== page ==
All those new ears are tuning into a band that, although not fully wrung out, now feels decidedly past its prime. First Two Pages Of Frankenstein, out Friday, continues a downward trend that started on 2019’s I Am Easy To Find. (Some would say, incorrectly, that the slide started with 2017’s exceptional Sleep Well Beast or even earlier. Wrong! Get your ears fixed!) I Am Easy To Find was too long and dour for its own good, and it marked the first time Berninger’s lyrical idiosyncrasies started to strike me as self-parody, especially when he rattled off beloved pop culture artifacts on “Not In Kansas” and mistook it for profound. But the album at least had ambition going for it: The band welcomed a large cast of guest vocalists into the fold for the first time and teamed with 20th Century Women director Mike Mills on an accompanying film. If those attempts to evolve were something of a failed experiment, Frankenstein just feels like the National on autopilot.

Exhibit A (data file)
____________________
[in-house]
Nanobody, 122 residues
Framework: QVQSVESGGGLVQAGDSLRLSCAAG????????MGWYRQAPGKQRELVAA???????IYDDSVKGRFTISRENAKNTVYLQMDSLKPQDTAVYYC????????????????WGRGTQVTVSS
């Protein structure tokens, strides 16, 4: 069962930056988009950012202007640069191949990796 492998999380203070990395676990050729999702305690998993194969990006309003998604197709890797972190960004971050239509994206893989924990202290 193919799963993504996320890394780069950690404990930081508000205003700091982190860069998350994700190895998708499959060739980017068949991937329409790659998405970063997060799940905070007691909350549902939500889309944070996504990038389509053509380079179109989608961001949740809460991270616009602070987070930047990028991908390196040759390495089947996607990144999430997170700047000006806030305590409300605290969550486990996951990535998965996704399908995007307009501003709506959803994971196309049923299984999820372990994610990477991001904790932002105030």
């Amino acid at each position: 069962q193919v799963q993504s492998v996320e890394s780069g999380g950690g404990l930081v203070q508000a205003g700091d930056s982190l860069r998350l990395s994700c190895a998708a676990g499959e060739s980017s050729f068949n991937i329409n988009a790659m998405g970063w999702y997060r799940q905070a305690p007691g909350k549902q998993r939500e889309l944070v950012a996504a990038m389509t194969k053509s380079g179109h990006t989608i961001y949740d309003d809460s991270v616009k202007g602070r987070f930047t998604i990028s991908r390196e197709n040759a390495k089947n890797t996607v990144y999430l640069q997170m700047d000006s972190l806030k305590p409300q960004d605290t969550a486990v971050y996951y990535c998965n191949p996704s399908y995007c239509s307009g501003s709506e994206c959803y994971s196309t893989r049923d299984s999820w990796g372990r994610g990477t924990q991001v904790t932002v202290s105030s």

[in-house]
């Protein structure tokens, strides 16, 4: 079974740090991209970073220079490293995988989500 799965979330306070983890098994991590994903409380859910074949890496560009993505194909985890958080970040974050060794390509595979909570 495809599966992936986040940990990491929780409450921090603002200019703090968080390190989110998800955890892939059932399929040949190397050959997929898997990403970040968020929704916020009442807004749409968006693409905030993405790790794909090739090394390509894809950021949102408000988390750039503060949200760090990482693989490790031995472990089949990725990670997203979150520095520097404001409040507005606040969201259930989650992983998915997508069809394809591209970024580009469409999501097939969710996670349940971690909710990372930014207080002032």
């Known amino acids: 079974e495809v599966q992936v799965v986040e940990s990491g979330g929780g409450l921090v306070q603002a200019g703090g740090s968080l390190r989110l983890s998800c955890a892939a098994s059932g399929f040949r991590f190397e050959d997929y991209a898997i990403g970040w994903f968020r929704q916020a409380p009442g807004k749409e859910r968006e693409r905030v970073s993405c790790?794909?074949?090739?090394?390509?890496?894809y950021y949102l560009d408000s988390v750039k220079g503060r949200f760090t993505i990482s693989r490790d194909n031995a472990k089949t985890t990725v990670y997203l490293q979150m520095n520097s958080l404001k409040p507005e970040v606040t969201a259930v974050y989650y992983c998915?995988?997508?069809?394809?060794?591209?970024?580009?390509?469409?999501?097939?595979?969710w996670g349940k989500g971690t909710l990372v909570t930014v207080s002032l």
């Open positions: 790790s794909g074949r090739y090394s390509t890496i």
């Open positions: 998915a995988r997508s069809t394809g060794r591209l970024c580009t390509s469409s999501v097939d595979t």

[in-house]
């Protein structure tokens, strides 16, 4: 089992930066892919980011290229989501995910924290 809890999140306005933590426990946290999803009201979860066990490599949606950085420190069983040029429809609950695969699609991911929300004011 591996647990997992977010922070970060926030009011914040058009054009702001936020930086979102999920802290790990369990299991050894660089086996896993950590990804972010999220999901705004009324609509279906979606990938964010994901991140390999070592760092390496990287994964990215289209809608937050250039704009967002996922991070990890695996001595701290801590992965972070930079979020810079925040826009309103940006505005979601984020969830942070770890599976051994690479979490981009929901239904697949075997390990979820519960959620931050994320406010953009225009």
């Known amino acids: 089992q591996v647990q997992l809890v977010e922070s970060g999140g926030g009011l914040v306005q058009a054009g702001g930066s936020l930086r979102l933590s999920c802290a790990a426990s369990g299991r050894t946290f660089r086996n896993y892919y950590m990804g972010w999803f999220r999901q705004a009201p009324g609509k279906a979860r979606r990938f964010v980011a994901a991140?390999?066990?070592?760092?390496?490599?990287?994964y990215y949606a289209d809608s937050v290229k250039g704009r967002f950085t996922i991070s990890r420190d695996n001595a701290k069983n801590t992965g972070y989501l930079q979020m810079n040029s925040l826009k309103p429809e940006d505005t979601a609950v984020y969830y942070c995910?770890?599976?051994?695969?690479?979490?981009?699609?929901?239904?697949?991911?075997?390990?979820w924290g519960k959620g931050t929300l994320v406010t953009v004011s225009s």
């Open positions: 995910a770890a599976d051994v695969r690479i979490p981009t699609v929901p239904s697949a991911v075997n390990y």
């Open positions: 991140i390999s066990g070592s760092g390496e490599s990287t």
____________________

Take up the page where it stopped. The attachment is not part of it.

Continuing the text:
The album is fine. It’s fine. It’s not better than fine, but after careful consideration, I’m also not ready to declare it as worse than fine. It is, somewhat devastatingly and somewhat reassuringly, a document of a band that once stacked up masterpiece after masterpiece moving into their legacy-maintenance era, doing a slightly inferior version of that thing they do so well. If you already dislike the National or believe they fell off a long time ago, Frankenstein absolutely will not change your mind. If this crew remains close to your heart, your experience will be more complicated. Maybe not as complicated as untangling your feelings about Dessner producing the new Ed Sheeran album, but still: complicated.